Tuesday, August 25, 2009
The San Diego Port District will not halt construction of a new cruise ship terminal downtown, in spite of a lawsuit filed by a group of waterfront activists.
SAN DIEGO The San Diego Port District will not halt construction of a new cruise ship terminal downtown, in spite of a lawsuit filed by a group of waterfront activists.
The Port hopes to avoid a lawsuit over the Embarcadero by negotiating with citizen activists and the Coastal Commission.
The Coastal Commission approved a cruise ship terminal at the foot of Broadway, but activists have filed suit to block it. They are fighting for a ten acre oval public park next to the pier that was a focal point in the Port’s Master plan.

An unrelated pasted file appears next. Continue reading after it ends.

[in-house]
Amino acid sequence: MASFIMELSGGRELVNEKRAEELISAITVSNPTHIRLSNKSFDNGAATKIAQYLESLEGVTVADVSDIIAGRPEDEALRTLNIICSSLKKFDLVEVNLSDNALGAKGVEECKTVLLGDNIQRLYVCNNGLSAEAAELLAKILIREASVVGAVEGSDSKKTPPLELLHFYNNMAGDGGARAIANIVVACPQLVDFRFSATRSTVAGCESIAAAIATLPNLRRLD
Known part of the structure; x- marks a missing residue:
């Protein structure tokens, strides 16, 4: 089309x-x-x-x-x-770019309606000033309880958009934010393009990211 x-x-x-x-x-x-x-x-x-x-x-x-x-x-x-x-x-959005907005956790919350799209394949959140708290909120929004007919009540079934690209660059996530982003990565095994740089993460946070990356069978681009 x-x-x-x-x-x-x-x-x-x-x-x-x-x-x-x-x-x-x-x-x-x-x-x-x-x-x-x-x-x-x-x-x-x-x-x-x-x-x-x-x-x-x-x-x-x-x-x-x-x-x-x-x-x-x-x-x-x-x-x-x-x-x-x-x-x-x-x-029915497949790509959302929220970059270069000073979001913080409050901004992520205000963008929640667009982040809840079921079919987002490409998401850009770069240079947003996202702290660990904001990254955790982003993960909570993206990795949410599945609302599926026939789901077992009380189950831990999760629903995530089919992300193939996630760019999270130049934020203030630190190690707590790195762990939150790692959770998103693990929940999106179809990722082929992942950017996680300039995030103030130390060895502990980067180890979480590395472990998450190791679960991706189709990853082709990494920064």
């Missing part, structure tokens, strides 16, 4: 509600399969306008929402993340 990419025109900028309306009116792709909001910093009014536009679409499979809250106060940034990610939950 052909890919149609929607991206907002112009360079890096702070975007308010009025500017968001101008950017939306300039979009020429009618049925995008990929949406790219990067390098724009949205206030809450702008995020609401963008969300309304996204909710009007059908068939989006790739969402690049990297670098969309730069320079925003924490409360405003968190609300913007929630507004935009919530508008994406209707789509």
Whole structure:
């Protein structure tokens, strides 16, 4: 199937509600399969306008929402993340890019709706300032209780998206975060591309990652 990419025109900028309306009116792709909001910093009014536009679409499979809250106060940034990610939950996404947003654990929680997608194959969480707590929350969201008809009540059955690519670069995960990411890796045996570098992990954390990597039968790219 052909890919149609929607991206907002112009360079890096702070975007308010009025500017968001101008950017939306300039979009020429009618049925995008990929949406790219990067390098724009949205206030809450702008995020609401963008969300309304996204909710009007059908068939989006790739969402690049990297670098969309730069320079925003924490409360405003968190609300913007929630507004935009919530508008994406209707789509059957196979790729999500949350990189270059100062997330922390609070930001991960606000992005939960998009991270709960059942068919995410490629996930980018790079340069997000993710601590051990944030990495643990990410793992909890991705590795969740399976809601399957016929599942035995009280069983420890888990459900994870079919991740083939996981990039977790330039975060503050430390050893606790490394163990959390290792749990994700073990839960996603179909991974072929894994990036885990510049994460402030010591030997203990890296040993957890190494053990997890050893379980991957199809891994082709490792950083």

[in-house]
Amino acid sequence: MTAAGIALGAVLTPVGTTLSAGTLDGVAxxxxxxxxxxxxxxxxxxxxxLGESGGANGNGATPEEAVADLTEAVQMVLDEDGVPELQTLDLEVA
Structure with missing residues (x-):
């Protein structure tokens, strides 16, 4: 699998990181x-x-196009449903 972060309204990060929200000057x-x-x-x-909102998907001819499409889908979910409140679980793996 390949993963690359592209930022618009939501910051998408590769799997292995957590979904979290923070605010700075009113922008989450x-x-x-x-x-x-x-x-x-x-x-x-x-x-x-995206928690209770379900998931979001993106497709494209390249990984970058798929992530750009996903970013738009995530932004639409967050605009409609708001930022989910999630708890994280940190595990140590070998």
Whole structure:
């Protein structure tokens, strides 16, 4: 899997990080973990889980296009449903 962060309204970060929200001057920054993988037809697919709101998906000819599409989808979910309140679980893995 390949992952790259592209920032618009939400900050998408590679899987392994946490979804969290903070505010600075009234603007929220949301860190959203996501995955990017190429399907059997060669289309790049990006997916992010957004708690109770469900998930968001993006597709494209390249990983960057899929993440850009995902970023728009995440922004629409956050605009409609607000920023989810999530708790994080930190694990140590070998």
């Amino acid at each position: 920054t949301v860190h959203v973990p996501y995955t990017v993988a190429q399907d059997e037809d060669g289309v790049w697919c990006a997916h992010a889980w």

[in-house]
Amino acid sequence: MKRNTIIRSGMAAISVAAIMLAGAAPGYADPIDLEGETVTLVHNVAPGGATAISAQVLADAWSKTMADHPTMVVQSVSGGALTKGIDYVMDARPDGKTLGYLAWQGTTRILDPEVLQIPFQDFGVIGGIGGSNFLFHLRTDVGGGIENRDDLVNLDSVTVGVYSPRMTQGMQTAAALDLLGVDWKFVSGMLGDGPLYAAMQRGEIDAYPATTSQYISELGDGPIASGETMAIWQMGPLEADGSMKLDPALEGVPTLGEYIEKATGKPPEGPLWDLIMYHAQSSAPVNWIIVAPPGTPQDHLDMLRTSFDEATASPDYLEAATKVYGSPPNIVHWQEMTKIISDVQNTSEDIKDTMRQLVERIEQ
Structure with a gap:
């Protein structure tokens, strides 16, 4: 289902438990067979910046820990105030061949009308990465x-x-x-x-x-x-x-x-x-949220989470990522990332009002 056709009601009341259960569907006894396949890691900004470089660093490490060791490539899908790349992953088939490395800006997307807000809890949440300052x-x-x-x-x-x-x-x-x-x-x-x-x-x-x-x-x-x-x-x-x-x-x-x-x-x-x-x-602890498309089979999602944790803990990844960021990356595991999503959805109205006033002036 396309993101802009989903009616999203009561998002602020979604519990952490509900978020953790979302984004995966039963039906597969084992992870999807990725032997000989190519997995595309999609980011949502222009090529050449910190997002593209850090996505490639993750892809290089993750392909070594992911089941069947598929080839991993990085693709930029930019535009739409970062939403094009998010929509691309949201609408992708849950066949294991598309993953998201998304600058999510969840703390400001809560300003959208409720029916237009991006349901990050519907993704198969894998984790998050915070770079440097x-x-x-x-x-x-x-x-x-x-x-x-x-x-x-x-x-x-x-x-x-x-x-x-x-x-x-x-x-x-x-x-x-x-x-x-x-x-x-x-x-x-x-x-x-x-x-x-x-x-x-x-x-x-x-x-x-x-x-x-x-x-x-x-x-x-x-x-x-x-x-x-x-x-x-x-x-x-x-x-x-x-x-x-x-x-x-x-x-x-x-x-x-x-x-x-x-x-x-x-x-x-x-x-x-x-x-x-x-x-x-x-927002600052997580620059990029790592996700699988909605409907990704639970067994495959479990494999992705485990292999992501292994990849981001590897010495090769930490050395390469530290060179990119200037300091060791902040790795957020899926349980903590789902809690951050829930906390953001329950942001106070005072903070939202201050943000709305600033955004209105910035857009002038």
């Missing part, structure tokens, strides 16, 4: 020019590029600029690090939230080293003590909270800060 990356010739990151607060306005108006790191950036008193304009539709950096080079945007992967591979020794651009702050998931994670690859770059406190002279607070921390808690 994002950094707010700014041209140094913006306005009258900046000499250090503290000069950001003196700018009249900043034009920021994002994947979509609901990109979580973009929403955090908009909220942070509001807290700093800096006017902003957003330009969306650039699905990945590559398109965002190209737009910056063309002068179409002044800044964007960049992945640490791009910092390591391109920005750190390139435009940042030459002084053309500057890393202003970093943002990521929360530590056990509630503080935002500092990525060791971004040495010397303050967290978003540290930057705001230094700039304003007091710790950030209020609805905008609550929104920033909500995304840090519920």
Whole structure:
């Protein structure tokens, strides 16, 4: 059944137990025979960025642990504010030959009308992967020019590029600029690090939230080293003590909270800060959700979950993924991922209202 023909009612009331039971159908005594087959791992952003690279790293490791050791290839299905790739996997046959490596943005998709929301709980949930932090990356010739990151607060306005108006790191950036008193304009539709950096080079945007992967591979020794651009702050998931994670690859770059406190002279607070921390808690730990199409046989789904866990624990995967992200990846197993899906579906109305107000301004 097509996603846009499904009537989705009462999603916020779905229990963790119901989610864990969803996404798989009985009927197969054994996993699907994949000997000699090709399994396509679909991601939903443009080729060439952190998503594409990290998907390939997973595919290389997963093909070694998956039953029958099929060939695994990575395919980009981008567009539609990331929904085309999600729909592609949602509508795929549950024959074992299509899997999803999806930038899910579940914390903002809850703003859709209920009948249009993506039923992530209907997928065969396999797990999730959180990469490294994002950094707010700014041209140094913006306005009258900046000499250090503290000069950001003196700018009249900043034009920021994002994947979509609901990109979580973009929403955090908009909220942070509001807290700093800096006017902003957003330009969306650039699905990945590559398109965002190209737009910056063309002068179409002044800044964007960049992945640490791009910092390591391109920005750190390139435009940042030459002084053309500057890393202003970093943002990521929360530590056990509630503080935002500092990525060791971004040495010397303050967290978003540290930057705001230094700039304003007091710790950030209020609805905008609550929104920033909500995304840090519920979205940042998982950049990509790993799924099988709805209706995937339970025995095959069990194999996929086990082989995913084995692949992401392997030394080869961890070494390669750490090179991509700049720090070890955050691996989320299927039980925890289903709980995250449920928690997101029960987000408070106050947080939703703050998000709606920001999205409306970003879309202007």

Ron Powell of the Port District says further study of the oval park has shown it is not feasible because the eastern part of it is on Navy property and the western side would have to be cantilevered out over the Bay.
“It’s off the table,” Powell says. “Another problem with the oval is that you would have difficulty getting trucks in and out of the pier to service cruise ships.”
The Port wants to keep the lucrative cruise ship industry close to the airport and downtown.
Opponents of using the Embarcadero as a cruise ship terminal suggest the vessels could dock at the 10th Avenue Marine Terminal, just south of the convention center. The main activity there currently is unloading cargo of giant windmill parts and tons of bananas.